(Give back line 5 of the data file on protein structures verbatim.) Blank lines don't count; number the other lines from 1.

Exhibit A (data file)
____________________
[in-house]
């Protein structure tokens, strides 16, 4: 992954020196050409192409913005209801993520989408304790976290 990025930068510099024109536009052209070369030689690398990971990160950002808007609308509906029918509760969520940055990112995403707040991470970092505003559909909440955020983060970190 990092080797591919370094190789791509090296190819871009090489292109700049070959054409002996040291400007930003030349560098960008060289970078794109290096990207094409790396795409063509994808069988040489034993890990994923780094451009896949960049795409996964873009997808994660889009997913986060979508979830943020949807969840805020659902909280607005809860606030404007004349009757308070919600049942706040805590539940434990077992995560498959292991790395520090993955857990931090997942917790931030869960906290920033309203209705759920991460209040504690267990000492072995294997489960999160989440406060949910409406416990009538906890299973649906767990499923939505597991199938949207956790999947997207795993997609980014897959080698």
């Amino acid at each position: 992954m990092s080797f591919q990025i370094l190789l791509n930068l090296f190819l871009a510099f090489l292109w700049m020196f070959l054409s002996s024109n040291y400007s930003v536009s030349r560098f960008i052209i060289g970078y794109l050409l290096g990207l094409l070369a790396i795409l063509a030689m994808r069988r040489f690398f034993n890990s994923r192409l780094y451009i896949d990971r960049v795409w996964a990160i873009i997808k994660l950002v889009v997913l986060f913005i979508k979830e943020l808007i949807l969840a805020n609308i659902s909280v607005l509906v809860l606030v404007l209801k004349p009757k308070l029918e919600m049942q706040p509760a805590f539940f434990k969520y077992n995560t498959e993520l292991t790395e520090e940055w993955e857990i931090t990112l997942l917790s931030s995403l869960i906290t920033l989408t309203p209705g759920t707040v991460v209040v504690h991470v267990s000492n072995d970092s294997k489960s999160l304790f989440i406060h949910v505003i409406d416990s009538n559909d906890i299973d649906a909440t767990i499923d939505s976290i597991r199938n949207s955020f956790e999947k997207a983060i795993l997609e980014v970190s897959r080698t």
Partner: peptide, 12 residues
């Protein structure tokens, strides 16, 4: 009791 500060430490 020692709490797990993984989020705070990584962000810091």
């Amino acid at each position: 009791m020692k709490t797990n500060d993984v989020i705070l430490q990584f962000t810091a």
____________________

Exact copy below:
């Protein structure tokens, strides 16, 4: 009791 500060430490 020692709490797990993984989020705070990584962000810091």